Foreign shop owners in SA – Bearing the brunt of non-delivery?

2012-08-04 15:00

Refugee rights groups have claimed that foreigners are being used as scapegoats for bigger issues such as service delivery, unemployment and corruption.

This follows attacks on foreign-owned shops after service delivery protests.

The Consortium for Refugees and Migrants in SA says that after a spate of looting in Botshabelo, 45km outside
Bloemfontein, “over 500 people from the Ethiopian, Bangladeshi and Pakistani communities were displaced and more than 700 shops affected”.

Mike Molloyi, the provincial chairperson for the African Cooperative for Hawkers and Informal Businesses, which helps South African businesspeople obtain start-up capital, said the looting was started by “a group of scavengers” that took advantage of an already tense situation.

“Hawkers at the informal trading centre Reahola Complex in Botshabelo were given seven days’ notice to move, but the municipality moved in and bulldozed their stalls in the middle of the night before the notice date lapsed,” said Molloyi.

Hawkers were angry and took to the streets, and two people, both locals, died in three days of violence, he said.

Finally a task team was formed to address the situation.

“But we withdrew after realising that the politicians just want to smooth things over and avoid addressing the real problems.”

Molloyi said he was shocked to learn that there were more than 700 spaza shops in Botshabelo alone.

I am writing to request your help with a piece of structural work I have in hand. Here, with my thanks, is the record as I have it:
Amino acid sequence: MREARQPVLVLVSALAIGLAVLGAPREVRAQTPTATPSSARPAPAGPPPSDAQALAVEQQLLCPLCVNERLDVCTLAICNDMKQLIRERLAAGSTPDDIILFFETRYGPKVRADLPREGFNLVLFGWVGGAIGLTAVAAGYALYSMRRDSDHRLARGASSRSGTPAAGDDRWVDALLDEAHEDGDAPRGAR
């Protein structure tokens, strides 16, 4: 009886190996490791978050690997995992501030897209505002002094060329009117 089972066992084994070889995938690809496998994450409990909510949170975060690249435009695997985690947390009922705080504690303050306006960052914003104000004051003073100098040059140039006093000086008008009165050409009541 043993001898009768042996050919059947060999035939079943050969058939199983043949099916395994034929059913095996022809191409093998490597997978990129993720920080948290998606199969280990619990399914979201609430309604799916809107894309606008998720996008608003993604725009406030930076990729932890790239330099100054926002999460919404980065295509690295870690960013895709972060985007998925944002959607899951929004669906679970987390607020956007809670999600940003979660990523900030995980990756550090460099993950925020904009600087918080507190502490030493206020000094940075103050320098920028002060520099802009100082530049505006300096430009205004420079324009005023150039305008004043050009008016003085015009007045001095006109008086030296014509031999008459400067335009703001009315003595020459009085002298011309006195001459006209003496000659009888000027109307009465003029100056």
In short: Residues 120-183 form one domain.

“In H section there are 20 shops and one has to keep in mind that local spaza shop owners and hawkers are not businesspeople, they are survivalists,” he said.

 “They lose their only source of income when foreign shop owners set up shop right next to or opposite them.”

He said foreigners often undersold the locals for a couple of months, forcing them to close shop.

The foreigners could do this, he said, because they had financial support from other foreigners.

“The foreign communities live and breathe ubuntu,” he said, adding that many of the foreigners were asylum seekers with permits allowing them to study and work.

“The majority don’t study, they just set up these shops for which they do not need a permit.”

Molloyi said they were supposed to have health certificates, but no one inspected them.

But not all locals were so unhappy with the foreigners.

Opposite two spaza shops, Malefane Mpatsi (21) owns a fruit-and-vegetable market.

He rides 90km a day on his battered bicycle to the city and back to buy stock for his market in the early morning.

“I have a good relationship with my foreign neighbours. We help each other out,” he said.

Mpatsi said the proximity of the spaza shops to his market doesn’t negatively affect his business.

He still manages to make about R500 a day in turnover to ensure a steady income for himself and his younger sister.

“We complement each other. And sometimes I sell some of my products to them when they run out of stock,” he said.

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